Controlled chaos: Boundaries bend but don't break at No. 16 at TPC Scottsdale

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Controlled chaos: Boundaries bend but don't break at No. 16 at TPC Scottsdale

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Controlled chaos: Boundaries bend but don't break at No. 16 at TPC Scottsdale

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SCOTTSDALE, Ariz. – It is only 16 steps from the first row of the south-side bleachers to the exit ramp, but try telling that to someone who’s been drinking all day without stretching their legs.

Once the final group has come through the 16thhole Saturday at TPC Scottsdale, the fans begin to file out and maneuver those 16 steps with varying degrees of success.

Waste Management Phoenix Open leader Rickie Fowler still has two more holes to play, but there’s a sense of finality once the action ceases at the wildest hole on the wildest day of the wildest tournament in golf.

Fans line up at the entrance hours before the gates open at 7 a.m. local time. At around 2 p.m. a young man is pleased to report he took his first shot of the day at 4 a.m.

“I’m not mad about it,” he says.

Arrive to the course any time after the gates have opened and you’re in for a long wait. One group of party-goers wearing matching button-up tropical-patterned shirts has been in line to get into the 16thbleachers for 3.5 hours by the time they’re finally allowed to enter at 1:45 p.m.

Waiting in line for that long means the Porta Pottys are a popular first stop. Roughly 40 toilets are lined underneath a wooden overhang off the main south entrance. They’re protected from the sun, which is good, but it also means spectators are submerged in darkness and disoriented as soon as the door closes behind them. This, of course, probably beats the alternative of sight given the circumstances.

Fans pose for a photo at the infamous par-3, 16th hole during 2019 Waste Management Phoenix Open at the TPC Scottsdale. Photo: USA TODAY Network

In the bleacher seats there’s a constant clattering as fans move in and out of the rows, kicking up piles of Miller Lite and Coors Lite cans that retail for $9 when full. More daring attendees sneak in entire bags of red wine or bottles of Jose Cuervo, taking long pulls with little discretion.

Players are booed when they miss the green but also increasingly jeered for shots that aren’t all over the flagstick. Russell Knox is booed heavily when he hits a safe but respectable shot to the center of the green, 32 feet from the cup.

Four groups later, Andrew Landry misses the green entirely and is hounded mercilessly when his chip stops well short of the flag. The chanting begins when he starts lining up his 11-foot par putt.

“BO-GEY! BO-GEY! BO-GEY! BO-GEY”

Landry misses, ends up with a bogey and hustles off the green, out of the arena.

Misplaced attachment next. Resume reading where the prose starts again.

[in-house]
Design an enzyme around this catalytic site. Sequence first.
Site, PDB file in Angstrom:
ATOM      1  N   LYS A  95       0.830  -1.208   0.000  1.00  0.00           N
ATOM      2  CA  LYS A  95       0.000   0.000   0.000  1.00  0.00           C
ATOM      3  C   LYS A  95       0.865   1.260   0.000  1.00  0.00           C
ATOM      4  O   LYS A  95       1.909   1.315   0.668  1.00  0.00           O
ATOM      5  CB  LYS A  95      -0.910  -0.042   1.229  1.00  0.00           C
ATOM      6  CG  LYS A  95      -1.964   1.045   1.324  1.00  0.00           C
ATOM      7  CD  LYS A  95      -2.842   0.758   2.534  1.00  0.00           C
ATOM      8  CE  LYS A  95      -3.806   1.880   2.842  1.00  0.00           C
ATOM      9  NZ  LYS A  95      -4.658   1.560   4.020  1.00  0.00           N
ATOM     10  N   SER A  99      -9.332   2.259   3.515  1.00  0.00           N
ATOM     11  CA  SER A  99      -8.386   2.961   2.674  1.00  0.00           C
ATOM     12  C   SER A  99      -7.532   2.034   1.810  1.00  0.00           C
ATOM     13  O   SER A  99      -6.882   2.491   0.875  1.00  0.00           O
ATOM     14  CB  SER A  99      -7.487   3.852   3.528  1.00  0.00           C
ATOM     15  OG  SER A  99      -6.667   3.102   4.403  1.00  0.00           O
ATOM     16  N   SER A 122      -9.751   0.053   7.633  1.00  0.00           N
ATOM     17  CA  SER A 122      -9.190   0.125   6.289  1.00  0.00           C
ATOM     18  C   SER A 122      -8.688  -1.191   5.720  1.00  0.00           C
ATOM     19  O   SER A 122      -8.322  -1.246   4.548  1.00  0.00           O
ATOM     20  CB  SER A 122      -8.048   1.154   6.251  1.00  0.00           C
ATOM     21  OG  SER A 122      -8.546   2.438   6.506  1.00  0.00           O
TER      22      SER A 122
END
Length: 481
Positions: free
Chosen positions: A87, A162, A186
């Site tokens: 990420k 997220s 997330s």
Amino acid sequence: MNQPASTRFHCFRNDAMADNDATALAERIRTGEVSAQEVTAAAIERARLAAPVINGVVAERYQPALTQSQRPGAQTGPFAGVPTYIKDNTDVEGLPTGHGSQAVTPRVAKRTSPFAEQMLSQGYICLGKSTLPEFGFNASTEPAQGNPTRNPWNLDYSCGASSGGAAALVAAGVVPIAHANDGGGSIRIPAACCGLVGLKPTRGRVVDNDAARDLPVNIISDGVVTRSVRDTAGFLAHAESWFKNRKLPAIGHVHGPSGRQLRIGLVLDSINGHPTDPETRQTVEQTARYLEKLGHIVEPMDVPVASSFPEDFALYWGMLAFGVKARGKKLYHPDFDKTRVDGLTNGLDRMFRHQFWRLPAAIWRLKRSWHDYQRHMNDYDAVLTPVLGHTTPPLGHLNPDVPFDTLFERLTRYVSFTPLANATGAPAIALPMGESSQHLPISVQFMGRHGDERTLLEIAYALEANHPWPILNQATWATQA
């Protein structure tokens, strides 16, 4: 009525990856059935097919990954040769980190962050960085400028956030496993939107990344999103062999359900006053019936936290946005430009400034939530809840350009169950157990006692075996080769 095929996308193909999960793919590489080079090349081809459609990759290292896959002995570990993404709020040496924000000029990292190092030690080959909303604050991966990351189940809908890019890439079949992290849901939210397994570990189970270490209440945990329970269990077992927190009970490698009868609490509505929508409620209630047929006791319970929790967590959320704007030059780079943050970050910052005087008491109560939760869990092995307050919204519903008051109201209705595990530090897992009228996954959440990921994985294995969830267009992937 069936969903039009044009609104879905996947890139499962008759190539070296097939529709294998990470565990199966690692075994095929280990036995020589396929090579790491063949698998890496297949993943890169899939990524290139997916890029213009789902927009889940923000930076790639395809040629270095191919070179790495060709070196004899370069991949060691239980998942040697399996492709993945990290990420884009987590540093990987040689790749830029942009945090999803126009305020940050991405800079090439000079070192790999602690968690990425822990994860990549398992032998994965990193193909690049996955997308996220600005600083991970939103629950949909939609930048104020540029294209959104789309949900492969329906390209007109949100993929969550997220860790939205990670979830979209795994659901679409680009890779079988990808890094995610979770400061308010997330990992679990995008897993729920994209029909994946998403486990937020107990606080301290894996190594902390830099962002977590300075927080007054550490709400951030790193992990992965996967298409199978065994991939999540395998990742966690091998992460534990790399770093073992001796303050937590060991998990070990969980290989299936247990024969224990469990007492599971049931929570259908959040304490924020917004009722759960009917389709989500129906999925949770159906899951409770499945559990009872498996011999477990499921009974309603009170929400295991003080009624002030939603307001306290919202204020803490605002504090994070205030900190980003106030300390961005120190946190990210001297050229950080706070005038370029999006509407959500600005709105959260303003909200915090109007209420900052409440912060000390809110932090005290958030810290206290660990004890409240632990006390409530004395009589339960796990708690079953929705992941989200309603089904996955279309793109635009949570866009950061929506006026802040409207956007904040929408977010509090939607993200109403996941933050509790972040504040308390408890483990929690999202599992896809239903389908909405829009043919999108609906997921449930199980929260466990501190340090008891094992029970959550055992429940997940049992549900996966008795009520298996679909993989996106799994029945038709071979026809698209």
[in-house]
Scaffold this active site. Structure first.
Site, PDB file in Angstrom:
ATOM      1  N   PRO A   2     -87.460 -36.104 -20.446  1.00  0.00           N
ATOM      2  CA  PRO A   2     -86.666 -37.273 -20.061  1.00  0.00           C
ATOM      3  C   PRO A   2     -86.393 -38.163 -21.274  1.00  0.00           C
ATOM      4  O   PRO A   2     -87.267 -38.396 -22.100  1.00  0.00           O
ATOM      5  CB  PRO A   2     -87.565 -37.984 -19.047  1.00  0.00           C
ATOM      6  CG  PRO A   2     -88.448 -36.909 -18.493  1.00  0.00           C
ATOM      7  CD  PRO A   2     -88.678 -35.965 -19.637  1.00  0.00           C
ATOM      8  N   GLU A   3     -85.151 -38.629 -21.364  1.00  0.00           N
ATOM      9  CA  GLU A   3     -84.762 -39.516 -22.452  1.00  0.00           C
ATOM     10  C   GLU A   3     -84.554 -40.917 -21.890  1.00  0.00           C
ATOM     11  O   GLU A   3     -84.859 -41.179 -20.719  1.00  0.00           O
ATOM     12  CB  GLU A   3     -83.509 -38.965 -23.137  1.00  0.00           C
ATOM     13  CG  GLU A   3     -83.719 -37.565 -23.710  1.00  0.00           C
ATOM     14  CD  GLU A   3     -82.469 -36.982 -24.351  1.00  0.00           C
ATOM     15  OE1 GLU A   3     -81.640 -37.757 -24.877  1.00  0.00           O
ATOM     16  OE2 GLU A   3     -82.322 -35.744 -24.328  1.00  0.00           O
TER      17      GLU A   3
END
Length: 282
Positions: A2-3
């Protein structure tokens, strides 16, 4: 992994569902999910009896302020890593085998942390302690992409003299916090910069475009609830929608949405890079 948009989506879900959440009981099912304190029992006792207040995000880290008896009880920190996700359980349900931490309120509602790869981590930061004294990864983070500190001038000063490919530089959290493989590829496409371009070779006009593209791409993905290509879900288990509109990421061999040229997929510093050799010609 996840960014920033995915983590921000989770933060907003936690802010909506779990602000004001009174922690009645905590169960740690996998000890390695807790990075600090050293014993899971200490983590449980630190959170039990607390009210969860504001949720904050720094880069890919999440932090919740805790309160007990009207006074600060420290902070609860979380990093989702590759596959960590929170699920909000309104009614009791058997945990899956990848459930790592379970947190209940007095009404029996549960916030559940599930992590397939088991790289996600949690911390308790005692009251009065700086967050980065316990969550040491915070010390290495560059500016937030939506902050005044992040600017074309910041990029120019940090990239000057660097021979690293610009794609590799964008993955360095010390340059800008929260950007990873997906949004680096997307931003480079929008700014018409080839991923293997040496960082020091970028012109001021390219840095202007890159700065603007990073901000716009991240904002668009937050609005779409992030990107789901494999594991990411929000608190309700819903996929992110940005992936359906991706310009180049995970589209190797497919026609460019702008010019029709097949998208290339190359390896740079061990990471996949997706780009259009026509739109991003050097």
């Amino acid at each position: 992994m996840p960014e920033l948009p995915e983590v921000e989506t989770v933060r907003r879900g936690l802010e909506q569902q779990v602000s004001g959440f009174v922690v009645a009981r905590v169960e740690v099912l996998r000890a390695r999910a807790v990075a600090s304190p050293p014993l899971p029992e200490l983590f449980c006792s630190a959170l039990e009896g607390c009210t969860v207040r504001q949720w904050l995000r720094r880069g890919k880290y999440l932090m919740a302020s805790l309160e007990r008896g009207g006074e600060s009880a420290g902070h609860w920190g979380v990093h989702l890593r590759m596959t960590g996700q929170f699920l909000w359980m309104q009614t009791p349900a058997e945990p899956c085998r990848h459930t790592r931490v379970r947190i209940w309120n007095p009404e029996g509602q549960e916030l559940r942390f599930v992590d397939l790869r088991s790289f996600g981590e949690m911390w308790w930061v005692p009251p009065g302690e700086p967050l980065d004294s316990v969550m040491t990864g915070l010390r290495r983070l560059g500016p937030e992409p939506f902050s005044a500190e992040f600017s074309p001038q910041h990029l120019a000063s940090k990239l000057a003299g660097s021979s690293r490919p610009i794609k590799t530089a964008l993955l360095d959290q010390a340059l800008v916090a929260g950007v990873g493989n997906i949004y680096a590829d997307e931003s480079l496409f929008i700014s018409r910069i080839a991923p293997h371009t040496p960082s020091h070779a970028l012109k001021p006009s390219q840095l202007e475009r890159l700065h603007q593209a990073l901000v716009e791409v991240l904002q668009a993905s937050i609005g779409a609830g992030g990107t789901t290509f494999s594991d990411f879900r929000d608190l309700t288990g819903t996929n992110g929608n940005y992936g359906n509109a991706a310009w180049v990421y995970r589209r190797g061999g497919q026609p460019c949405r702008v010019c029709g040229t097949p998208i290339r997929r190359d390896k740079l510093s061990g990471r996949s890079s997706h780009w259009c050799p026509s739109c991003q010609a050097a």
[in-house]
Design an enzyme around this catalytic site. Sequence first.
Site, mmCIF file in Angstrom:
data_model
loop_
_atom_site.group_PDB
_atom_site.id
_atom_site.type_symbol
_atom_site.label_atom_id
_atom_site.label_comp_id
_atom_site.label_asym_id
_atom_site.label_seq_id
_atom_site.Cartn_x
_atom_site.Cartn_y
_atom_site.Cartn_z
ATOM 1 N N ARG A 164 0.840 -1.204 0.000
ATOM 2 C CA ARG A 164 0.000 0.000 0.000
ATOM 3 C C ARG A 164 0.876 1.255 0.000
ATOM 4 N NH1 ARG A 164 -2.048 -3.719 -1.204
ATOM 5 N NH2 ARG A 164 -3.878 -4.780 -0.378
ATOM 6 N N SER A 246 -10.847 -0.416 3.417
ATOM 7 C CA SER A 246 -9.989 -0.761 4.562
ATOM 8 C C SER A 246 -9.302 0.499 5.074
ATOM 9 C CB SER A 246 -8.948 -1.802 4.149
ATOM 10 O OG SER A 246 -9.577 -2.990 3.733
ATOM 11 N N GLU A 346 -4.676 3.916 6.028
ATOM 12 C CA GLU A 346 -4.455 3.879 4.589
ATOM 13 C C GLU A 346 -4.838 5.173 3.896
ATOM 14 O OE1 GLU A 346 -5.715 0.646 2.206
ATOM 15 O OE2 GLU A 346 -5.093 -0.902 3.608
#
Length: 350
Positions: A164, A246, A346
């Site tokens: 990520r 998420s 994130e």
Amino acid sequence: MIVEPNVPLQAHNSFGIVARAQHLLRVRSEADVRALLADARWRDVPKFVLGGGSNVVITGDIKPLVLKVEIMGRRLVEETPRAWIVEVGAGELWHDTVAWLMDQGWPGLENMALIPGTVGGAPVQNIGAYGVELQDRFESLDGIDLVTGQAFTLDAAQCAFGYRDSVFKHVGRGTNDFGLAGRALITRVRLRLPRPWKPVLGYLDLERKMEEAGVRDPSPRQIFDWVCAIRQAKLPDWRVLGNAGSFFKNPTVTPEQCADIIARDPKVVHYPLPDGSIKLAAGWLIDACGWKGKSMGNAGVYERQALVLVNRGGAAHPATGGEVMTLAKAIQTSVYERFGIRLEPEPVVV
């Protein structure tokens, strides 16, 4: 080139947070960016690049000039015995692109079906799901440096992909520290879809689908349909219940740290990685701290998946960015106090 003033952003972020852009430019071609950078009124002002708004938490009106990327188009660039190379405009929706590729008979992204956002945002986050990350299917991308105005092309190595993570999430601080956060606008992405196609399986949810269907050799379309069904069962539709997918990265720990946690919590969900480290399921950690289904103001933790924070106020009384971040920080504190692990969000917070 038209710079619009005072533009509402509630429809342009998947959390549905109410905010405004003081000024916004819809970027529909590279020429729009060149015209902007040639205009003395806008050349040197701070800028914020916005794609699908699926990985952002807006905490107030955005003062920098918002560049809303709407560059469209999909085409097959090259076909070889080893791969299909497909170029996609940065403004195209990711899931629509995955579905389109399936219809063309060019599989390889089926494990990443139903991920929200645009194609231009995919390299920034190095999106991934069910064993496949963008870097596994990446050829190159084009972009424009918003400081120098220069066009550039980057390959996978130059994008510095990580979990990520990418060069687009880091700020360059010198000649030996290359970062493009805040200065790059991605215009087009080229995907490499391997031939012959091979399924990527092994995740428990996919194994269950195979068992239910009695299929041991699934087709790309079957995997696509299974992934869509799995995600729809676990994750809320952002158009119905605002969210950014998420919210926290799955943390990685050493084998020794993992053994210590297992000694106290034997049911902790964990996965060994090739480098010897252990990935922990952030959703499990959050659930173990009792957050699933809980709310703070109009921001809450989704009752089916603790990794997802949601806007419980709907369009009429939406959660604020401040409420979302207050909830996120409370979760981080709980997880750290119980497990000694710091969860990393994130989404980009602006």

Bubba Watson plays it cooler when his 5-foot par putt slides past the hole, cupping his ear with his hand ala Patrick Reed at the Ryder Cup in a move that earns the respect of most hecklers.

Volunteers and members of the Thunderbirds, an invite-only special-events committee that organizes the tournament each year, walk to the putting surface every so often to retrieve rolls of toilet paper that come flying out of the bleachers. Someone chucked a full beer toward the green after Fowler missed a birdie putt in the last group of the day.

If it all sounds like a lot of excessive debauchery, it is.

That’s the whole point, and it’s why people are willing to wait in line for hours when they could walk right up to any of the remaining 17 holes with no problem.

It’s also worth noting that despite the 16thhole’s hard-earned reputation, it’s not out of control. At no point does the atmosphere seem any more chaotic than your average NFL stadium on gameday.

Kevin Streelman throws swag to fans at the 16th hole during the third round of the Waste Management Phoenix Open. (Tracy Wilcox/PGA Tour)

One could pick and choose a few idiots from the crowd as arguments this tournament crosses the line, but to a sober observer the reality is that problems aren’t as frequent as one might expect given the sheer volume of people and alcohol in tight quarters. The environment is downright tame in the bleachers closest the tee box and grows in intensity the farther you venture toward the green.

The same could be said for this entire tournament. If you’re looking for trouble when you get here, you’ll find it in a hurry. But it’s just as easy to keep one’s nose clean, wander off to less-populated areas and watch in a relatively normal golf environment.

The 16thhole is not a normal golf environment. But it’s not so far gone that the Tour or organizers need to take serious action to rein things in.

It is what it is – a place to be seen, a bucket list item and a gathering spot for the most enthusiastic partiers on property.

The end result is an atmosphere that’s not for everyone and resembles a NASCAR race infused with a host of Instagram influencers, puffing Juuls and slamming drinks and watching a few golf shots. Nothing more, nothing less.

Take it or leave it. Gwk

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